March 29, 2023

Sierra Club v. Virginia State Water Control Board: What it Means for MVP

Sierra Club v. Virginia State Water Control Board: What it Means for MVP

In a decision released on March 29, 2023, the Fourth Circuit Court of Appeals ruled that the Virginia State Water Control Board (Board) did not act arbitrarily and capriciously in issuing a Clean Water Act certification for Mountain Valley Pipeline (MVP) waterbody crossings. (Opinion can be viewed here)

Of course, we respect the court’s opinion but we are disappointed that the Board’s badly flawed decision will stand. Still, this one decision does not weaken our resolve to stop destruction from the MVP. Mountain Valley still lacks approvals from three federal agencies and all agencies must live up to their responsibilities under the Endangered Species Act, where the U.S. Fish and Wildlife Service has so far failed to do so. This project is less than 60% complete and the thousands of people who are fighting for their homes, their precious resources, and their rights will continue without any pause.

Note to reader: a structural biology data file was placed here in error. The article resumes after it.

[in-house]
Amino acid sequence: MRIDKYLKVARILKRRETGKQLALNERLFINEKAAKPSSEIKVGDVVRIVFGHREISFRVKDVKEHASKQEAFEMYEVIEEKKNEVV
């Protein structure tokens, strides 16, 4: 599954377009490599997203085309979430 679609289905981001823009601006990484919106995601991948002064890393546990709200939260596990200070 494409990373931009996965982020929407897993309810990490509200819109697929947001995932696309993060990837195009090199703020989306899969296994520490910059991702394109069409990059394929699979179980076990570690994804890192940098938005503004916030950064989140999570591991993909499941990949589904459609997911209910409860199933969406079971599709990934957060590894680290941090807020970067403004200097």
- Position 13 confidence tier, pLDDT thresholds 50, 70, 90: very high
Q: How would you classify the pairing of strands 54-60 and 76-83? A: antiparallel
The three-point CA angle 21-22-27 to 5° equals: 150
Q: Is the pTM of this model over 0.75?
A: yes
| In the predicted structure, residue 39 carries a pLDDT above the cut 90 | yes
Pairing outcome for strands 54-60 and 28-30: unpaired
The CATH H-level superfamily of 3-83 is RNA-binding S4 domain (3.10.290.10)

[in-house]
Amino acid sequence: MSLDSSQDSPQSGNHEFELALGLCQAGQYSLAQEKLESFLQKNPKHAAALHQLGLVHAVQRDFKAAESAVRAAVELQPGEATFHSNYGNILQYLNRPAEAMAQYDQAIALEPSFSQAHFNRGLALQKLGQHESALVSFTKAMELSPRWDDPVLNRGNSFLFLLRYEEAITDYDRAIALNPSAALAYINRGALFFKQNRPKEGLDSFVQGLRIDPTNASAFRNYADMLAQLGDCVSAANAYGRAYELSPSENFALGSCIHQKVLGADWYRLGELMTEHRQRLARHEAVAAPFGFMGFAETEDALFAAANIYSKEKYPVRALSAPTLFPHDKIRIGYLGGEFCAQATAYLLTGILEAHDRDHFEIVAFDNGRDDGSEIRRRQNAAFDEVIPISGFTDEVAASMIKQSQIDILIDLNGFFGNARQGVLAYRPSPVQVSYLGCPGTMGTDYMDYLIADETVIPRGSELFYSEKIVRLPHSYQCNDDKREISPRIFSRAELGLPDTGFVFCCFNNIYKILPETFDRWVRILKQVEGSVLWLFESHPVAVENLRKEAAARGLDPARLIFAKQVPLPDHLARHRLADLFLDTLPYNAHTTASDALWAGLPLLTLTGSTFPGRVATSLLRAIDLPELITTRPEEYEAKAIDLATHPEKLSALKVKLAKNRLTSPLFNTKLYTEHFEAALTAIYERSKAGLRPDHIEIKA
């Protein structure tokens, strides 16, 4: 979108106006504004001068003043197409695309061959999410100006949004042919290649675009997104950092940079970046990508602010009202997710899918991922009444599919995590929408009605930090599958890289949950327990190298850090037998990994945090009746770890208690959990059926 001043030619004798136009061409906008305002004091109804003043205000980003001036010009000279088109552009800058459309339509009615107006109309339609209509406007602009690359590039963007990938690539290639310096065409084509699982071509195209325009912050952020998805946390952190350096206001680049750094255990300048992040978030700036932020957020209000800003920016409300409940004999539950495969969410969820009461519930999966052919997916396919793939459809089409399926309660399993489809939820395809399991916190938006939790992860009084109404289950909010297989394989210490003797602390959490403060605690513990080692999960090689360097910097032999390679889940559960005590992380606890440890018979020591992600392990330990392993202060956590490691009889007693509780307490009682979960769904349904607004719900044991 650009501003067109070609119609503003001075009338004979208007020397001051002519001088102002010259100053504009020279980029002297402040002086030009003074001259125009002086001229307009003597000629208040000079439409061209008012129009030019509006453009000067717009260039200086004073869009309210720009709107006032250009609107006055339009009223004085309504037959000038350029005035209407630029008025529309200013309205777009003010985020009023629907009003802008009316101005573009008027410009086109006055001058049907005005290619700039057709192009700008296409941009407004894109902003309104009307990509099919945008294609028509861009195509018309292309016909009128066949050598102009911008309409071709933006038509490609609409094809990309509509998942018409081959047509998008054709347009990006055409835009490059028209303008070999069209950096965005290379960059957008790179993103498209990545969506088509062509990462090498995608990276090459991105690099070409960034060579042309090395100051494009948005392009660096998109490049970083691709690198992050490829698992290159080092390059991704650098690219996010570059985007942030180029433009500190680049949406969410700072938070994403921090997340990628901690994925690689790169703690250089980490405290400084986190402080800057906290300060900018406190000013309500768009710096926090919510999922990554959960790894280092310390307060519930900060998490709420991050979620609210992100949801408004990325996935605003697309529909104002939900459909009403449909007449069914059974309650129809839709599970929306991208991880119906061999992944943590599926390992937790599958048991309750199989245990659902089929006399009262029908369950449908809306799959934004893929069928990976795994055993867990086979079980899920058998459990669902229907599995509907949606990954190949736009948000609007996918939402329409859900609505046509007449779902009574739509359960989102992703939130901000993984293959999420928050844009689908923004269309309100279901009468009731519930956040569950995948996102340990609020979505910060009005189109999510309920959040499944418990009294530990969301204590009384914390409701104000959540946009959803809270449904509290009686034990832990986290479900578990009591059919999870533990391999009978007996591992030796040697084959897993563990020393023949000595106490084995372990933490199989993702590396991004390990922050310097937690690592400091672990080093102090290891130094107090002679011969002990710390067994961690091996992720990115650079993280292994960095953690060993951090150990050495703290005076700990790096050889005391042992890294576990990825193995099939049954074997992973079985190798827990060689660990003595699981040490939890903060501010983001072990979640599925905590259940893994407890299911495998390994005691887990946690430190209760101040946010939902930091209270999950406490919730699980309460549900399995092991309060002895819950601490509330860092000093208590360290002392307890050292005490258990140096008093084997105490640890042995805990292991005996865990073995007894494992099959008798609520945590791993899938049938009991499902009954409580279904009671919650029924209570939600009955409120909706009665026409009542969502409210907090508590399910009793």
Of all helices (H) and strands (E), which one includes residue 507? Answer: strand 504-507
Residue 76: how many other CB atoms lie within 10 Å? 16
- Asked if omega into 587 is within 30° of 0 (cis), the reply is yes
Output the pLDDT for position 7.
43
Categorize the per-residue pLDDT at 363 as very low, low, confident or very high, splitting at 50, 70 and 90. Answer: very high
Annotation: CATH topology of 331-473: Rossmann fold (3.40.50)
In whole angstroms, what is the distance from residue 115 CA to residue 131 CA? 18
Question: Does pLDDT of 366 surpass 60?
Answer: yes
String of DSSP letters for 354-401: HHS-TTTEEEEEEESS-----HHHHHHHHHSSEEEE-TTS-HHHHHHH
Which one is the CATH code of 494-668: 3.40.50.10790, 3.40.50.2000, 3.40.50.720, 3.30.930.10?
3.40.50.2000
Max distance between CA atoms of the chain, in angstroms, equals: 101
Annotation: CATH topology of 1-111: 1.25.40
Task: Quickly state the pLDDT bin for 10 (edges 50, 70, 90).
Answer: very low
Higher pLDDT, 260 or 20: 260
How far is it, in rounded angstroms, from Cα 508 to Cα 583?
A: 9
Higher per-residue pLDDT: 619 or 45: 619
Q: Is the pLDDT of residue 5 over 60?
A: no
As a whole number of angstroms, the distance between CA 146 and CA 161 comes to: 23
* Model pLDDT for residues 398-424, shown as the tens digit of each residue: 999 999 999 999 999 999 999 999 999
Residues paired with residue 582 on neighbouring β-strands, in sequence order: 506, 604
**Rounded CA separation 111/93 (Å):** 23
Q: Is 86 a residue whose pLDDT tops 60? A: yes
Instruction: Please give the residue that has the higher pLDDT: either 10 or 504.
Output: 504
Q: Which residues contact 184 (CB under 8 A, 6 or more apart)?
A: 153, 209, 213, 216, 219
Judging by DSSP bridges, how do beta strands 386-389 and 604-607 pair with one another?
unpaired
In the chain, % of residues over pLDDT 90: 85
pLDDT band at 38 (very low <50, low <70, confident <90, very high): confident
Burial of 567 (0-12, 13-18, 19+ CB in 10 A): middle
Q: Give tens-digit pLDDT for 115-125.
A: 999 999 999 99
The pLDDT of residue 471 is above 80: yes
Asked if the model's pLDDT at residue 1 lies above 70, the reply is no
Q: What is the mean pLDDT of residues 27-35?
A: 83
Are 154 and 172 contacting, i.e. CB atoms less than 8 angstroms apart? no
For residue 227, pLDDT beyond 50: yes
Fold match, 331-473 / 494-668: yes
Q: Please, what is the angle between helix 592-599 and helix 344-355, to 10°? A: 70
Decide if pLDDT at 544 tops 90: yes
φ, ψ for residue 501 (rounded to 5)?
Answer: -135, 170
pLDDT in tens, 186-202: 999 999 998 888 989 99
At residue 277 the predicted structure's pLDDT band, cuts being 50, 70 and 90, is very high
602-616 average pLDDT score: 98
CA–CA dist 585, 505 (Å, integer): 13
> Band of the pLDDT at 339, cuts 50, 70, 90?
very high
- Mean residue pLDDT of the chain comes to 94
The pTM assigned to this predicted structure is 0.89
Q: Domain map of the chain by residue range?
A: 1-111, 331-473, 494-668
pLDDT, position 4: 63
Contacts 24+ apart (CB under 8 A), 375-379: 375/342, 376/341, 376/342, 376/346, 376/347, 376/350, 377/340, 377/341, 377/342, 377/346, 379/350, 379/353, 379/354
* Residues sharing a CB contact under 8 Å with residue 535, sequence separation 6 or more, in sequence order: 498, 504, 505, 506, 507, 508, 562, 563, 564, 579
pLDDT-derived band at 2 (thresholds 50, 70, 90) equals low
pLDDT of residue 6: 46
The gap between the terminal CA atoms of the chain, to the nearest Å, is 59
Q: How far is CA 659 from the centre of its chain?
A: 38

One of the tragedies of the MVP story is the great harm that the pipeline builders have inflicted on the environment and the people along its path. The Board concluded that MVP would not violate its narrative water quality criteria, which state, in part, that Virginia waters are to be free of substances, such as sediments discharged off construction sites, that would interfere with the use of those streams or be harmful to aquatic life. 

The MVP has made such discharges over and over again and there is no reasonable basis to believe it won’t do so again, if allowed to go forward with construction. In its recent report, Mountain Valley Pipeline Pollution in Virginia Watersheds, Wild Virginia illustrated this fact, using hundreds of Virginia state inspection reports and volunteer observations.   

We include just one of dozens of photographs from that report here. No reasonable person can conclude that this kind of degradation of our waters by MVP would not  “interfere with” uses of the affected stream or be harmful to the organisms that should be able to live there. This photo was taken by contract inspectors for the Virginia DEQ in August, 2021. It shows part of the 3,500 foot section of Doe Creek, a Giles County stream that flows to the New River, which MVP assaulted with its pollution.